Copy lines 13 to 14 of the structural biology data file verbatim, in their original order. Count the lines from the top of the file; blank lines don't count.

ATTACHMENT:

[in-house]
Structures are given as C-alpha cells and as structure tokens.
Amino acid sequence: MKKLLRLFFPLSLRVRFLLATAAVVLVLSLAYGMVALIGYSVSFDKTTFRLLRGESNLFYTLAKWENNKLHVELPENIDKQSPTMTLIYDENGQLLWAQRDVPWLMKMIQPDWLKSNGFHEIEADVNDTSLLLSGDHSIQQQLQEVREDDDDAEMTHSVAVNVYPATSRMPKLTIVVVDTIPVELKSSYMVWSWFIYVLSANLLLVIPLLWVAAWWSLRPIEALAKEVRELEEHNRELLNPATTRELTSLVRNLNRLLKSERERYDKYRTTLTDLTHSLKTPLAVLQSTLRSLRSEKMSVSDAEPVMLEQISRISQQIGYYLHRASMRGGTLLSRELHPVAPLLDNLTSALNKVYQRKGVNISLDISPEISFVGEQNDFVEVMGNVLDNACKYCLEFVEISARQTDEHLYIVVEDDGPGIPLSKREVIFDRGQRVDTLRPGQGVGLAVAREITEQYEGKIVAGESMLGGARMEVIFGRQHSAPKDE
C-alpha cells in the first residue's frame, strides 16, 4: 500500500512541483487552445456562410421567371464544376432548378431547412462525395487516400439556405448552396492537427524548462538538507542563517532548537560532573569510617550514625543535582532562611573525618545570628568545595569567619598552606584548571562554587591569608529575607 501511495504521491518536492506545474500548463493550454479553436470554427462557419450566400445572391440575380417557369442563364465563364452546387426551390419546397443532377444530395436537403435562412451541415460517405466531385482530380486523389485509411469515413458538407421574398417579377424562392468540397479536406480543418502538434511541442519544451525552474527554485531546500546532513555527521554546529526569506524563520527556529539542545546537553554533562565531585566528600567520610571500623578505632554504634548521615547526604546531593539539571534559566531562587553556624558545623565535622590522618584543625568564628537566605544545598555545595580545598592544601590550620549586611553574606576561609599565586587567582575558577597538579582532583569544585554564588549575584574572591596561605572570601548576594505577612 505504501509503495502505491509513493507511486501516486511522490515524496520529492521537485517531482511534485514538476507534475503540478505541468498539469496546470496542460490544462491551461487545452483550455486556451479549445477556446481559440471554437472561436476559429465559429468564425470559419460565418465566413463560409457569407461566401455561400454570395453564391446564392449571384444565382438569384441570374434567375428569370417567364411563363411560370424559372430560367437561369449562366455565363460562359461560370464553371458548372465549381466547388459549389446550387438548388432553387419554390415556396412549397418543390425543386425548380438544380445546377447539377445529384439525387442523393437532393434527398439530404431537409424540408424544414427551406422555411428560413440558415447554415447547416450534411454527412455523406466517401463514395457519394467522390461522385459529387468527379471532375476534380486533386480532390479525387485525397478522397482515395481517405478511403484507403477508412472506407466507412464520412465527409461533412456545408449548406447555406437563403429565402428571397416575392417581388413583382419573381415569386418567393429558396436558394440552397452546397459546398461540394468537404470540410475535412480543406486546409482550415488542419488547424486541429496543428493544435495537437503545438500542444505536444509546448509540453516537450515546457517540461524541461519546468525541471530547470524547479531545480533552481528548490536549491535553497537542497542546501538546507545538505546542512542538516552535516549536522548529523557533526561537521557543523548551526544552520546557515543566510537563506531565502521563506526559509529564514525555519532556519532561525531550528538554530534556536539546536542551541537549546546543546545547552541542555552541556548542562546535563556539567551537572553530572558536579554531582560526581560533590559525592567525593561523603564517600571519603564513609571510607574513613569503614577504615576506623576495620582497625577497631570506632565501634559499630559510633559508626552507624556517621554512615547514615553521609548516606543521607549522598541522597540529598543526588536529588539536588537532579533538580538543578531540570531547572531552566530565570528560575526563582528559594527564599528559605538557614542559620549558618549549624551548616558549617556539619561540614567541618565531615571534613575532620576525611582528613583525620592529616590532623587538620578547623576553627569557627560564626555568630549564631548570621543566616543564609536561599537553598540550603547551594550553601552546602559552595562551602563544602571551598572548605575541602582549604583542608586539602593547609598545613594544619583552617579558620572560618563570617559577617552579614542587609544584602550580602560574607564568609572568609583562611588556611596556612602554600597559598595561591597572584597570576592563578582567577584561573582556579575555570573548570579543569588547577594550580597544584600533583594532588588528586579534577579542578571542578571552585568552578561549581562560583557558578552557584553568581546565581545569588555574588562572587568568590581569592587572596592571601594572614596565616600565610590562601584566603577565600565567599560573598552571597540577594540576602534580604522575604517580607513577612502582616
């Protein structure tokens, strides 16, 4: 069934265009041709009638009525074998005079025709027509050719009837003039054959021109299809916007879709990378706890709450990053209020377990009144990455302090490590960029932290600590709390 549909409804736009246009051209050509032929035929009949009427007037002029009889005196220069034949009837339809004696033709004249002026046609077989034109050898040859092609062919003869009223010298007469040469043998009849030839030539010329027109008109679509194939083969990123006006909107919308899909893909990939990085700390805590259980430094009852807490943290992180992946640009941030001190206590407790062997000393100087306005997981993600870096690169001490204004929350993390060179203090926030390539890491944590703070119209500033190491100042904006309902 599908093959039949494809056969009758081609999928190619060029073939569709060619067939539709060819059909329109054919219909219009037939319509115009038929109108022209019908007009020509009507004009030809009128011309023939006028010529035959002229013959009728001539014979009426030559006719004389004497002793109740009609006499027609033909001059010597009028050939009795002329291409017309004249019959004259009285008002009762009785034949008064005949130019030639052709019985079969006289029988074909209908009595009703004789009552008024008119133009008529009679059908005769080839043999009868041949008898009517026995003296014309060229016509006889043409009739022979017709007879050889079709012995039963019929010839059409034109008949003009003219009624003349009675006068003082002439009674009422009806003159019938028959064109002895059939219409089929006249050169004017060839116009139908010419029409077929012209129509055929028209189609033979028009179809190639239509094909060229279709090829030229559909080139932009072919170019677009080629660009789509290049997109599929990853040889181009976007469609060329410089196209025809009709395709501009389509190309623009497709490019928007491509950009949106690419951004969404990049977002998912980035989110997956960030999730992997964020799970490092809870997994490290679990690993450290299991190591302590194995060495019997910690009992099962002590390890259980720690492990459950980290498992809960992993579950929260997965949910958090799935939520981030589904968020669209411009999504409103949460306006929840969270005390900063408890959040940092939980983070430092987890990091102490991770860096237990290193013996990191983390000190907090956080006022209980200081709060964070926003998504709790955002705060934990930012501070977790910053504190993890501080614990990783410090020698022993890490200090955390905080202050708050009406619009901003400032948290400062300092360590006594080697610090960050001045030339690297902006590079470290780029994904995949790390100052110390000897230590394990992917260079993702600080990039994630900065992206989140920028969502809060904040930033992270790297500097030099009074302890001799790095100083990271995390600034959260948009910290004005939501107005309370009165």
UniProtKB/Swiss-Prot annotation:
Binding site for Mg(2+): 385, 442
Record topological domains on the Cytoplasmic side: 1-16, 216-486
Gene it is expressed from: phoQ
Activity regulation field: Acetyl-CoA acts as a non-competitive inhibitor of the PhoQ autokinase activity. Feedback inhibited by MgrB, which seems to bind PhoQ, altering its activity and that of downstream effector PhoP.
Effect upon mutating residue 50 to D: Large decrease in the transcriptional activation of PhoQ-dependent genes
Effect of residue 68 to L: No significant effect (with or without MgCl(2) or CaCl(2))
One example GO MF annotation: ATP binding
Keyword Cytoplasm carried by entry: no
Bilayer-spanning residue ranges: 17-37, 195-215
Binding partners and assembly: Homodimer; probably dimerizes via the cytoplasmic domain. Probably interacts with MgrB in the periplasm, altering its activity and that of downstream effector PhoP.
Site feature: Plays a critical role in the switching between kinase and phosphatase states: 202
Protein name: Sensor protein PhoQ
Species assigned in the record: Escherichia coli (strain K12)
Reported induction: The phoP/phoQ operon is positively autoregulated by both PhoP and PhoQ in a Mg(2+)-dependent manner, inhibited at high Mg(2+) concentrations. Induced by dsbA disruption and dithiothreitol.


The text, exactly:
One example GO MF annotation: ATP binding
Keyword Cytoplasm carried by entry: no